The intentions of Fantastic Lies, ESPN’s 30 for 30 documentary look at the Duke University lacrosse scandal, aren’t explicitly clear from its opening moments, when the mother of one of the three white student-athletes accused of raping a young black woman at a 2006 house party declares that this will be the last time she talks about the case that captured national attention and devastated more than a few lives a decade ago. It may be the last time she and others involved want to rehash the eyebrow-raising circumstances that begat the Duke scandal—which yielded no evidence of said rape, but certainly exposed revealing outbursts of racism and misogyny among Duke’s BMOC lacrosse stars. Fantastic Lies, paced like a true crime thriller and directed by Marina Zenovich (Roman Polanski: Wanted and Desired), has other designs. The 103-minute documentary makes its broadcast debut March 13th on ESPN—exactly ten years after the night in question—following its … [Read more...] about The Stripper Who Cried ‘Rape’: Revisiting the Duke Lacrosse Case Ten Years Later
On TV Emmy Rossum plays a ballsy, complicated broad unafraid to stare down the establishment and fight for every scrap she and her family need to survive. Eight seasons into playing Fiona Gallagher on Shameless, and Rossum is equally uncompromising when it comes to taking what she deserves. Rossum made headlines in late 2016 after refusing to sign on for the Showtime dramedy’s eighth season unless she was offered more than her co-star William H. Macy—a move meant not only to create parity, but also to make up for the seven years Rossum was paid significantly less. The “standoff,” as reports took to calling it, lasted only days after becoming public. (“It was a quick resolution,” Rossum, who has chosen not to disclose the details of her new contract, told The Hollywood Reporter in May.) The news came amid heated conversations about equal pay in Hollywood sparked by women including Jennifer Lawrence, Gillian Anderson, Patricia Arquette, and Robin … [Read more...] about Emmy Rossum on Her Historic ‘Shameless’ Equal Pay Win: ‘It’s Our Responsibility’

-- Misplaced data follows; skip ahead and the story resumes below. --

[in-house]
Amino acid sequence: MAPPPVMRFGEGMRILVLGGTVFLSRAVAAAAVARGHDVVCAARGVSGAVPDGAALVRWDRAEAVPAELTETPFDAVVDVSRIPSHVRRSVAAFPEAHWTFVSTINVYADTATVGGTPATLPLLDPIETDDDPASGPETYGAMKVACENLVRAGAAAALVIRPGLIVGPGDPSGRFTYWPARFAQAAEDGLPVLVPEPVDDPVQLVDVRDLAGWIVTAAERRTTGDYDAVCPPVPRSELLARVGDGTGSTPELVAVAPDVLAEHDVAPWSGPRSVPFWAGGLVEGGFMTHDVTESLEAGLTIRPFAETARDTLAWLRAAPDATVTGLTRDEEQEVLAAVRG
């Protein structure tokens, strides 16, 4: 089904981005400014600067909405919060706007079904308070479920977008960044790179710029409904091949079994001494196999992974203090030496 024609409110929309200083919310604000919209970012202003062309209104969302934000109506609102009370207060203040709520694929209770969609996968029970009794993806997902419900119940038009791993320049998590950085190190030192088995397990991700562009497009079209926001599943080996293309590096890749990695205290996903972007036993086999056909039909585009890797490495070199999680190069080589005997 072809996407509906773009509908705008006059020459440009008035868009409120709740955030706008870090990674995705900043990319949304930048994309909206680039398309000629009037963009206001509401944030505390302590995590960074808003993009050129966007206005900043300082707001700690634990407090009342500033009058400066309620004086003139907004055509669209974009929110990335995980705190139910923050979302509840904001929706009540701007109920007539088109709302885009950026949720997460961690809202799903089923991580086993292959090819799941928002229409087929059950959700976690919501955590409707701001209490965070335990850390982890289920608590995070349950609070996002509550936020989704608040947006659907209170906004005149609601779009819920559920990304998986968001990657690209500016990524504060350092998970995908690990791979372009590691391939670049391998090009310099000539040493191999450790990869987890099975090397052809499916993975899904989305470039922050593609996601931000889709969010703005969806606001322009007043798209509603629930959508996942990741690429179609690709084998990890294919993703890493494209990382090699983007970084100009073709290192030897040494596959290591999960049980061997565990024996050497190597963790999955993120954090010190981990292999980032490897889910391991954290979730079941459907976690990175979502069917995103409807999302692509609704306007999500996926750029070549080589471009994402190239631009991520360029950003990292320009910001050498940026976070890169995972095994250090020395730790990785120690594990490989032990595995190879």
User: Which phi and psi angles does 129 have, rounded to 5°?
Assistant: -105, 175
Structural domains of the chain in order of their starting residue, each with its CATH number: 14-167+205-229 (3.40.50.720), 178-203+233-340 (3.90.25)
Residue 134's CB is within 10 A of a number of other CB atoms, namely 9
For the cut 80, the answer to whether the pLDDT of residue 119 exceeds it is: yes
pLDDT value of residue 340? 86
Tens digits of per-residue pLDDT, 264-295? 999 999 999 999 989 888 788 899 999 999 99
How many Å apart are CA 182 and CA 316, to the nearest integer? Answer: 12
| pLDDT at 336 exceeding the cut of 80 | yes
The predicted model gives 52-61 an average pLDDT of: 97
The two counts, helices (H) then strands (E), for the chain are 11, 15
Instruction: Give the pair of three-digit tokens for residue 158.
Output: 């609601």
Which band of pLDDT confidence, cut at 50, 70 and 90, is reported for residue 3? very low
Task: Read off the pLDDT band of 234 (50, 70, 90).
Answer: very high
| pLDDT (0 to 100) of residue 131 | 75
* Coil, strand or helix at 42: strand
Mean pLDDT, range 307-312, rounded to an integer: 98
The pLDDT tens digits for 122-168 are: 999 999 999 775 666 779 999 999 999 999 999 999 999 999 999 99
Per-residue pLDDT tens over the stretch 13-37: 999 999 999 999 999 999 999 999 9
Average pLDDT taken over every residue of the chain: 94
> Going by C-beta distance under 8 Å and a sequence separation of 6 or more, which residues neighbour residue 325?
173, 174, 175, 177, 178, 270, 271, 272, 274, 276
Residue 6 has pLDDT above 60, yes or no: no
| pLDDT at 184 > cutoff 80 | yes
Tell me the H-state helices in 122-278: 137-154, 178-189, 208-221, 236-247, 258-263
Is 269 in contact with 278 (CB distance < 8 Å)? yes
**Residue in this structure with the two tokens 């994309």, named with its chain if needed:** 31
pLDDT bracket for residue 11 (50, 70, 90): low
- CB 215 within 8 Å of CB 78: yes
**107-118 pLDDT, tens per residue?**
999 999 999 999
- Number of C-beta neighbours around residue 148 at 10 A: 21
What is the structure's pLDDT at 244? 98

“We have got to fight against privilege,” George Orwell exhorted in 1941, “against the notion that a half-witted public schoolboy is better for command than an intelligent mechanic.” England, he wrote, is governed by an “unteachable” ruling class that too frequently escapes into “stupidity”, failing to see “that an economic system in which land, factories, mines and transport are owned privately and operated solely for profit ... does not work.” Only a socialist revolution, he continued, could unleash the “native genius of the English people”. Of course, “the bankers and the larger businessmen, the landowners and dividend-drawers, the officials with their prehensile bottoms, will obstruct for all they are worth”. But, never mind: “if the rich squeal audibly, so much the better”. One measure of how little has changed is that Orwell’s diagnosis of the country he called a “rich … [Read more...] about England’s last roar: Pankaj Mishra on nationalism and the election